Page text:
A seemingly tame 2011 construction project aimed at making the Morrison Bridge safer in wet conditions wound up snarling city traffic for far longer than officials had anticipated. Looks like it's also about to be one more thing clogging local court dockets.

The Multnomah County Board of Commissioners on Thursday will take a break from the drama surrounding Chair Jeff Cogen to consider filing suit in connection with the project, which switched out steel grating on the 55-year-old bridge for skid-resistant polymer.

But it's unclear from a county document explaining the agenda item just what the proposed litigation's all about.

"Issues associated with construction of the Morrison bridge are apparent and the County
needs to take action to secure its legal rights," the document reads. It notes costs for the suit "will be paid from project funds and the risk fund as appropriate." County Spokesman Mike Pullen said he wasn't exactly sure what problems the staffers had identified—he's checking with county attorneys—but that they "probably" have to do with workmanship on the project.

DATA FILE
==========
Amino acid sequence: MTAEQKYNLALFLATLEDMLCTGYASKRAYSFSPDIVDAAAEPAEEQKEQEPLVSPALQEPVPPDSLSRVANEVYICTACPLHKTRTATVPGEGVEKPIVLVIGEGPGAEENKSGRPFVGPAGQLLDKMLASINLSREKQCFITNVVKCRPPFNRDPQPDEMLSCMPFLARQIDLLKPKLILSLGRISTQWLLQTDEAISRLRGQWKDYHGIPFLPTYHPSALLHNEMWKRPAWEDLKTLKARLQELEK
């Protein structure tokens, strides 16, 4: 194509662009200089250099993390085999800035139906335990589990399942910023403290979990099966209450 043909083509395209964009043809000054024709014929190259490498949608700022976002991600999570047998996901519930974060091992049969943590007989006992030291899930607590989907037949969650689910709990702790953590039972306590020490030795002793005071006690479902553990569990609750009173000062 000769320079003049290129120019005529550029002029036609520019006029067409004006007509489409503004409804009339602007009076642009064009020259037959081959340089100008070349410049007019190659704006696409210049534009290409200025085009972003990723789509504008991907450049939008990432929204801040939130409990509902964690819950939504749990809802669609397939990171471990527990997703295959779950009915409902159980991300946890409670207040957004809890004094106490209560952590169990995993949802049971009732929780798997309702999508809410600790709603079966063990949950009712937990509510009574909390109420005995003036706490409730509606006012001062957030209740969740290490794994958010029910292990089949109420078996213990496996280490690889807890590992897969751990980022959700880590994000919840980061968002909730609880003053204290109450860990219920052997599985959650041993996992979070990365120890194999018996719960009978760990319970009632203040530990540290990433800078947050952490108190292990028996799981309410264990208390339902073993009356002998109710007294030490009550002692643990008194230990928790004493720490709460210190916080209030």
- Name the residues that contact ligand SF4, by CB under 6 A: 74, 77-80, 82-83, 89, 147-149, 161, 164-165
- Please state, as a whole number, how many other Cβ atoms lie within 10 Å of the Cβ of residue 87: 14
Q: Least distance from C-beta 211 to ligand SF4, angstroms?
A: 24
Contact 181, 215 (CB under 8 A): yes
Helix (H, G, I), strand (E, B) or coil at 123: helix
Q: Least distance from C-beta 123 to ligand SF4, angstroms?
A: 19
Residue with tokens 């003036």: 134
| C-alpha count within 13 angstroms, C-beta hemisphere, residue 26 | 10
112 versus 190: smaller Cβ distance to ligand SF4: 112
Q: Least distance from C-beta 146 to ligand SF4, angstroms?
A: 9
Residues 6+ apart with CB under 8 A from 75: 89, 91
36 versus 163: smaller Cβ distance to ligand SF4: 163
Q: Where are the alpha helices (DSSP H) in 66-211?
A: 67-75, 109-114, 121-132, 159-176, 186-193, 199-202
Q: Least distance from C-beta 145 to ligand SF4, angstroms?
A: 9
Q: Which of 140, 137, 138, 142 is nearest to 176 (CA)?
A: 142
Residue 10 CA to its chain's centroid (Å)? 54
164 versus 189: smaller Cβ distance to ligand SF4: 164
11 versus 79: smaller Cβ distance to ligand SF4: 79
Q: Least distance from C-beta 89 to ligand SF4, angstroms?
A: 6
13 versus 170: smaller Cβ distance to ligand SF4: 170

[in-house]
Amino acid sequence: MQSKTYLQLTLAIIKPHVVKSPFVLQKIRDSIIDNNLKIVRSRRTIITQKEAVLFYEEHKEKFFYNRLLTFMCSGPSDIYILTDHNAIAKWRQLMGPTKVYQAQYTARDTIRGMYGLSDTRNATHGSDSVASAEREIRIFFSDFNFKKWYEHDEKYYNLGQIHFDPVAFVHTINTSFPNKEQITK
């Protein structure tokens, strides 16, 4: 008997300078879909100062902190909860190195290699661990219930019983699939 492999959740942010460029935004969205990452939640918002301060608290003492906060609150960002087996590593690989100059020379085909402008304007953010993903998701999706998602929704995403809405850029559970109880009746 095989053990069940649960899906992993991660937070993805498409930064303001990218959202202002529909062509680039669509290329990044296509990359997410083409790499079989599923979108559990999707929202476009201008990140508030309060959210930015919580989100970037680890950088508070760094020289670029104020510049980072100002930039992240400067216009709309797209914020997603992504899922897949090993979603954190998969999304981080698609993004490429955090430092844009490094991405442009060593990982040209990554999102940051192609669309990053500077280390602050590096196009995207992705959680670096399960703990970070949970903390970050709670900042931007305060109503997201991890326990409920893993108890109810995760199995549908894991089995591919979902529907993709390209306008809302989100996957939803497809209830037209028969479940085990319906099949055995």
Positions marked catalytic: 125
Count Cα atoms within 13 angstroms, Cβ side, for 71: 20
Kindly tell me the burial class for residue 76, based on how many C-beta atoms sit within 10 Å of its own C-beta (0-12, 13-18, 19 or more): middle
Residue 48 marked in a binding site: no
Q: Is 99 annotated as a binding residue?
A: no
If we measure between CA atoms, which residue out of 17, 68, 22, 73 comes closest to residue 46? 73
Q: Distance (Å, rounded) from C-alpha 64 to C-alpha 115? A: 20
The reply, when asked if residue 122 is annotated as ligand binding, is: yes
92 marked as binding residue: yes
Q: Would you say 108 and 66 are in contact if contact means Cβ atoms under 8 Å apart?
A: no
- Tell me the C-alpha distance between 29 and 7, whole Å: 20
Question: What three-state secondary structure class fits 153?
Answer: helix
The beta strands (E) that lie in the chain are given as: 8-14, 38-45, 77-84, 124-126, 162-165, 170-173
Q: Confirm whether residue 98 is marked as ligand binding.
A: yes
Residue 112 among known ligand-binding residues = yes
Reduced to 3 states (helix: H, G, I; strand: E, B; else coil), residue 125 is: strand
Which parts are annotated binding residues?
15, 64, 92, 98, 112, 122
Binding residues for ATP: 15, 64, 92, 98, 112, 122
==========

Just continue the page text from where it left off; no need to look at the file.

UPDATE, 4:56 pm: Pullen says the county's not going to publicly comment on the possible suit, but that it's related to a "recent construction project" on the Morrison Bridge. The most-recent project on the bridge was the deck replacement.

Original post:That "issues" have arisen is perhaps not surprising. The project was marred by extensive controversy—most of it having to do with concerns toxic debris was falling into the Willamette River. The county at one point suspended construction work, and even considered pulling its chosen contractor, Washington-based Conway Construction, from the $4.3 million job.

David Conway, the company's president, declined this afternoon to speak about the matter, referring the Mercury to his Portland attorney, Joe Yazbeck. Yazbeck has not returned a call for comment.